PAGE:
Even though the OSHA general duty clause is a long-standing part of the Occupational Safety and Health Act, its proper use is frequently misunderstood, sometimes even by OSHA itself. As a result employers can be surprised by a general duty citation.
Here’s what you need to know
The OSHA General Duty Clause, Section 5(a)(1) of the Occupational Safety and Health Act, requires that each employer furnish to each of its employees a workplace that is free from recognized hazards that are causing or likely to cause death or serious physical harm.
The general duty provisions can be used by OSHA only where there is no standard that applies to the hazard and the employer’s own employees are exposed to the alleged hazard. Each of the 26 states and 2 territories, who operate OSHA-approved workplace safety and health programs, have adopted this, or an equally effective, provision.
All the following elements are necessary for OSHA to prove a general duty clause violation:
1) The employer failed to keep the workplace free of a hazard to which its employees were exposed.
2) The hazard was recognized by the employer.
3) The hazard was causing, or was likely to cause, death or serious physical harm (serious violation).
4) There was a feasible and useful method to correct the hazard.
OSHA sometimes gets it wrong!
In many situations, OSHA’s 5(a)(1) citations (General Duty Clause) have incorrectly alleged that a violation was the failure to implement certain precautions, corrective measures or other abatement steps rather than the failure to prevent or remove a particular hazard.
The occurrence of an accident does not necessarily mean that an employer has violated Section 5(a)(1), although the accident may be evidence of a hazard. OSHA has instructed its compliance officers that accident facts may be relevant and must be gathered, but a 5(a)(1) citation must address the hazard in the workplace, not the particular facts of an accident.
Any hazard for which a Section 5(a)(1) citation/violation is issued must be reasonably foreseeable.
Recognition of a hazard must be established.
OSHA must establish that a hazard is recognized in order to issue a General Duty Clause violation. Recognition of a hazard can be established by OSHA on the basis of industry recognition, employer recognition, or “common-sense” recognition.
1) OSHA can establish industry recognition if the hazard is recognized in the employer’s industry. Recognition by an industry other than the industry to which the employer belongs is generally insufficient to prove a Section 5(a)(1) violation.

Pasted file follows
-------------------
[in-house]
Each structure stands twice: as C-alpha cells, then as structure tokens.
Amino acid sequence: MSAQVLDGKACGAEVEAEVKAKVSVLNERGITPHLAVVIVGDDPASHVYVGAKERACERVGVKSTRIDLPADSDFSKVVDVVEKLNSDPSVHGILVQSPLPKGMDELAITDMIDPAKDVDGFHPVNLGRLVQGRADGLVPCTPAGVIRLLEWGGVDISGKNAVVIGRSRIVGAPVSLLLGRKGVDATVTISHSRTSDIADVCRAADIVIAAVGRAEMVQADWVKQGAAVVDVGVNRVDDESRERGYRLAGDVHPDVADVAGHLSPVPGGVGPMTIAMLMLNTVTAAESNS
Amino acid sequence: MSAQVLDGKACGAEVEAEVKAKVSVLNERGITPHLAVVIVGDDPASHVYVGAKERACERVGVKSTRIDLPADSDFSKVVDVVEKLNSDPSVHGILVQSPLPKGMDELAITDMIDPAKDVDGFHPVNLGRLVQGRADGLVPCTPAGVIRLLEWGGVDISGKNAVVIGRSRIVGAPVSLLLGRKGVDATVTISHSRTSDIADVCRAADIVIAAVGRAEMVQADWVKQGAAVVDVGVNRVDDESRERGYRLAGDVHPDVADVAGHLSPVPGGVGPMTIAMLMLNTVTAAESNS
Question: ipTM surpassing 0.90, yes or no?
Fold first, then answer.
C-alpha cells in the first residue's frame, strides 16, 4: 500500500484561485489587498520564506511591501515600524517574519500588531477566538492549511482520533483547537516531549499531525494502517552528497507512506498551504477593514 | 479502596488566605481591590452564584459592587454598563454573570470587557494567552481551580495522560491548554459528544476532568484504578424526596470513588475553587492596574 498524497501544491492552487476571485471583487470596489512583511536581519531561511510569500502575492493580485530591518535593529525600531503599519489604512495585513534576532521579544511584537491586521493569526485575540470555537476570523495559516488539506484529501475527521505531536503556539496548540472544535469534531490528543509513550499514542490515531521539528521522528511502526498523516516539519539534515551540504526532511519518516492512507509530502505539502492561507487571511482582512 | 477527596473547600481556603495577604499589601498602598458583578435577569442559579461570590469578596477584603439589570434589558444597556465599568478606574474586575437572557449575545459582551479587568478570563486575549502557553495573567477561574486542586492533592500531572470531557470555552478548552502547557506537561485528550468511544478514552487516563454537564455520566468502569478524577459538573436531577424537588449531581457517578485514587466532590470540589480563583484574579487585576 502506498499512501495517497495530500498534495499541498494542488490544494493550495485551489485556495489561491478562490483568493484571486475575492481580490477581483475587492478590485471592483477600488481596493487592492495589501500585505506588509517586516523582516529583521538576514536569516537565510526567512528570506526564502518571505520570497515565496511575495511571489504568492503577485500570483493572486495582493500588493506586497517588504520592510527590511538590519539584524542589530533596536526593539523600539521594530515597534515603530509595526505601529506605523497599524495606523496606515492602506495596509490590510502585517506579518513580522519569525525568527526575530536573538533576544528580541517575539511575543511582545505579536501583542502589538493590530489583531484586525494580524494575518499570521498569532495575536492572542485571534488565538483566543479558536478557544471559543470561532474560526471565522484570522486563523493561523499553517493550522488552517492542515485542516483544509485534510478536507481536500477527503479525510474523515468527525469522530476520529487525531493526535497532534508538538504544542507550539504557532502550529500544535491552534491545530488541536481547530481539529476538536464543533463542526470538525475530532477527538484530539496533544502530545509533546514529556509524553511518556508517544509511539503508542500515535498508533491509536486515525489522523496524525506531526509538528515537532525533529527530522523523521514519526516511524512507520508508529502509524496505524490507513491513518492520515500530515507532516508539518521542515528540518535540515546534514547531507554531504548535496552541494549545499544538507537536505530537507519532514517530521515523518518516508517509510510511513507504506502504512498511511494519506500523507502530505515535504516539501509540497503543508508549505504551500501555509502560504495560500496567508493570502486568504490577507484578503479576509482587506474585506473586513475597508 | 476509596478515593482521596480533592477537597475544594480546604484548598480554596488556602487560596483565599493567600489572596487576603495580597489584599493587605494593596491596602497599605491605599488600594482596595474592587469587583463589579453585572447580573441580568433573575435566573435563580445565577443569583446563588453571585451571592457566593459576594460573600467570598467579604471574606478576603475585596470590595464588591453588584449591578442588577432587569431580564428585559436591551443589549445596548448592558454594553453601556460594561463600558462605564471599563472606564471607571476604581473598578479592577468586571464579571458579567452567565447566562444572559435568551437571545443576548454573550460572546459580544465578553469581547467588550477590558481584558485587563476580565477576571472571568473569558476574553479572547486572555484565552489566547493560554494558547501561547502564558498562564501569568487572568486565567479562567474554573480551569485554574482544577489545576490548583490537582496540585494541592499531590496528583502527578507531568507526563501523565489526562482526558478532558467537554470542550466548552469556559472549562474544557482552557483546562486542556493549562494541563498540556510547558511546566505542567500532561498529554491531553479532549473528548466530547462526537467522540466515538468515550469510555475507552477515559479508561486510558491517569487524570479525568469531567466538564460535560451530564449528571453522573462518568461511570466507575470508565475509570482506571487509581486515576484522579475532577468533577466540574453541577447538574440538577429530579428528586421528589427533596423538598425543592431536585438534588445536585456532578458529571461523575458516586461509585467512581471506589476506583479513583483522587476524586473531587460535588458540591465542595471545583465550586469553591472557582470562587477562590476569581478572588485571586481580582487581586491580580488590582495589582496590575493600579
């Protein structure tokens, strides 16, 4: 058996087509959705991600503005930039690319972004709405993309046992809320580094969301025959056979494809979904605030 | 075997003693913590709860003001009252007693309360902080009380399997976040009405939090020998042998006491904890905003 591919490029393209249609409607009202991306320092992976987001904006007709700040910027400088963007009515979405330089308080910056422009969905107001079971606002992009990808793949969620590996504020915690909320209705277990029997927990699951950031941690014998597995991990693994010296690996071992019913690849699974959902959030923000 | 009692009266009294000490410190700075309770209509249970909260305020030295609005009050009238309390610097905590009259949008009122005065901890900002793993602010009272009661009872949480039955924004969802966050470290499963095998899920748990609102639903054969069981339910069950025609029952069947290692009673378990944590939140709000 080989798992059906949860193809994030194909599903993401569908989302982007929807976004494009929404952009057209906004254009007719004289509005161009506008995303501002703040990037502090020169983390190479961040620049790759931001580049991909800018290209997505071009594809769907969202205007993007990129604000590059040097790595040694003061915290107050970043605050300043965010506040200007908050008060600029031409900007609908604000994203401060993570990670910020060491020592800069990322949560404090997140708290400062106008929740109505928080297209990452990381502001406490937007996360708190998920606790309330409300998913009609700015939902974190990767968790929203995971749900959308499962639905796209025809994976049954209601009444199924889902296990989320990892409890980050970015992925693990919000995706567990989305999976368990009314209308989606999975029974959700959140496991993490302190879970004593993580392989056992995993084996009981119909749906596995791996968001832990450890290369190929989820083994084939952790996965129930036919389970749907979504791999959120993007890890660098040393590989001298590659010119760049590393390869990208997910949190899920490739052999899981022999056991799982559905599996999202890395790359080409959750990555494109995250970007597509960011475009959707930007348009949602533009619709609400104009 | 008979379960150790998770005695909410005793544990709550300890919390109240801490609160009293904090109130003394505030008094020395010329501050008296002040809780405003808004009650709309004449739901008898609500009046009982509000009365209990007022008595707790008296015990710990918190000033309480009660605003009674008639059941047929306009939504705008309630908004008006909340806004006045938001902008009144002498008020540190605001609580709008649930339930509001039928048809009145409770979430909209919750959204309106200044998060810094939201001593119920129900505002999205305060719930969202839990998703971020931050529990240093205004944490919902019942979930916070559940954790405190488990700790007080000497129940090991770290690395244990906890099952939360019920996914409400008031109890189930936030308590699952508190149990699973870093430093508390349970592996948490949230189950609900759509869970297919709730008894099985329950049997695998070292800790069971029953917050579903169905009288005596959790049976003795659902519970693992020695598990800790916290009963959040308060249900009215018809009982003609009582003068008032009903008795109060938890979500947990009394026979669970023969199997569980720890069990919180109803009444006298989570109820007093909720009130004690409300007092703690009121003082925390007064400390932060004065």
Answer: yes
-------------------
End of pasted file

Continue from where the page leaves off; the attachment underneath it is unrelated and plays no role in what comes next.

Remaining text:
2) Recognition of a hazard can be established if evidence exists of actual employer knowledge.
3) If industry or employer recognition of the hazard cannot be established, recognition can still be established if a reasonable person would have recognized the hazard.
Finally, to establish a general duty clause violation, OSHA must identify a corrective action which is feasible, available, and likely to correct the hazard. General Duty Clause violations may not be issued by OSHA unless OSHA has knowledge of an abatement method that would substantially reduce the hazard. The employer is not restricted to the corrective action recommended by OSHA and may choose or develop a different corrective action that offers the same or greater protection from the hazard.
OSHA has set certain limitations on the use of the general duty clause.
1) Section 5(a)(1) violations cannot be grouped together but may be grouped with a related violation of a specific standard.
2) Section 5(a)(1) cannot be used to impose a stricter requirement than that required by a standard.
3) Section 5(a)(1) cannot be used to require an abatement method that is not set forth in a specific standard.
4) Section 5(a)(1) cannot be used to enforce “should” standards.
5) Section 5(a)(1) cannot be used to cover categories of hazards exempted by a standard.
Currently, OSHA is issuing General Duty Clause (5A1) citations/violations for COVID-19 related hazards.
FDRsafety’s expert witness program is headed by Jim Stanley a former career Deputy Assistant Secretary of Labor at OSHA and Steve Hawkins, former Administrator of The Tennessee OSHA State Plan. Both can serve as an OSHA expert witness as well as an expert on a variety of other safety and health topics.